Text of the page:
Arsenal have three phases of build up as they progress from back to front and a key component of the third phase is using Ben White as an overlap with Saka on the ball to stretch the opposition defense- critically giving Saka space to utilize his ability on the ball to good use. Everton were able to limit our build up by crowding the midfield so Arsenal were never able to reach the third phase of play. This contributed to Arsenal’s inability to get either Saka or Martinelli into good positions where they could make an impact.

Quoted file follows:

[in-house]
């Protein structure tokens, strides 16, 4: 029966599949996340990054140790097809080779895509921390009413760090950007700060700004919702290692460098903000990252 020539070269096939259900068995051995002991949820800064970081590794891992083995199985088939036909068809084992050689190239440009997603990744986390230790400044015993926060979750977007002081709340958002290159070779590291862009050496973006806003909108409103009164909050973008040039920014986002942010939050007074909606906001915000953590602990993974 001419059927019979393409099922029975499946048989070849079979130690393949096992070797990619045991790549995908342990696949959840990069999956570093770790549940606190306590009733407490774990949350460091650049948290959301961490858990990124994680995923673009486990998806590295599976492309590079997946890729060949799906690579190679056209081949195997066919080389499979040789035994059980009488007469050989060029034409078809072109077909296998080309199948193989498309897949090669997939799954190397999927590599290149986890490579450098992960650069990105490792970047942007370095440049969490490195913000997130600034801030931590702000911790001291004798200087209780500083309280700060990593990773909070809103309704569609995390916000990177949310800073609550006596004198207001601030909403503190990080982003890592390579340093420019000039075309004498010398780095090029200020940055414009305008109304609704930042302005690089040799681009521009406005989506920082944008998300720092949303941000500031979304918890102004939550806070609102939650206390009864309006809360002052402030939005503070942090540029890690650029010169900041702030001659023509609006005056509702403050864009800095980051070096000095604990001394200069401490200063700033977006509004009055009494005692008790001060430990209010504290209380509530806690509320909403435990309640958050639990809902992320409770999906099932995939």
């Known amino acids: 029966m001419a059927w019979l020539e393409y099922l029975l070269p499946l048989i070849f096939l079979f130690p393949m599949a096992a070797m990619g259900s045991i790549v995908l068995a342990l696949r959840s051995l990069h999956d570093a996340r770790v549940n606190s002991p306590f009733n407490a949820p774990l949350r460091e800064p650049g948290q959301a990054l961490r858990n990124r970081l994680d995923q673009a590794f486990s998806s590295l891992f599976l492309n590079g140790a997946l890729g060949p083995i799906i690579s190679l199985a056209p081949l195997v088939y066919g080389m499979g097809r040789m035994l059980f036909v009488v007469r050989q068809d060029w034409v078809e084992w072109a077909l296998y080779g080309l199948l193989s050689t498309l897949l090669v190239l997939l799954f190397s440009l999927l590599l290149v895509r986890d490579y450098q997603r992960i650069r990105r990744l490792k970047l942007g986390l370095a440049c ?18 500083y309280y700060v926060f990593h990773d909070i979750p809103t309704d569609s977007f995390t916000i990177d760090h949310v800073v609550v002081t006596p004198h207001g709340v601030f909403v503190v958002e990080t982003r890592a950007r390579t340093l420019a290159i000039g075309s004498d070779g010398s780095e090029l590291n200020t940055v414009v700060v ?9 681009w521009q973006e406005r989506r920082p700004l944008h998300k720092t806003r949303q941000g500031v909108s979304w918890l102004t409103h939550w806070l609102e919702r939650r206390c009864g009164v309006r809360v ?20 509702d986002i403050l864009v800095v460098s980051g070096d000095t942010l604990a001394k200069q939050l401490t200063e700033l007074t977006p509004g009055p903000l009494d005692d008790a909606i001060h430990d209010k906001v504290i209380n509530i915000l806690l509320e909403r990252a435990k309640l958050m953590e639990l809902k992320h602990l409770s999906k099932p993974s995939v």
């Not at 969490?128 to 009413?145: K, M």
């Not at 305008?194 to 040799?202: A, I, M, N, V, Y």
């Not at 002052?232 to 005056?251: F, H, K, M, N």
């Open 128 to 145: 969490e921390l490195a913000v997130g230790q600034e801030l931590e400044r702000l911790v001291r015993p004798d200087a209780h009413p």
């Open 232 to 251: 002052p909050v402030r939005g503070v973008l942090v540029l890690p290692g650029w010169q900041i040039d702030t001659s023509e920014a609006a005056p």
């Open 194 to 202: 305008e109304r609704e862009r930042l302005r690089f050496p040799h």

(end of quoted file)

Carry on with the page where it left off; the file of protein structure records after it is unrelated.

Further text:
Not only was the narrow formation troubling Arsenal, but the slowness at which Arsenal moved the ball significantly impacted the way we played. Yes the pitch was bumpy and crap, but too often did we see an Arsenal player take a touch too many and by the time the pass was played, the Everton defense had already shifted and adjusted accordingly. We needed to be sharper and not let us get outplayed in midfield against an inferior opponent.
This 4-5-1 (or 4-4-1-1) is a system that will no doubt be used against Arsenal in the future and it is one that Mikel Arteta needs to find a suitable adjustment in order to overcome.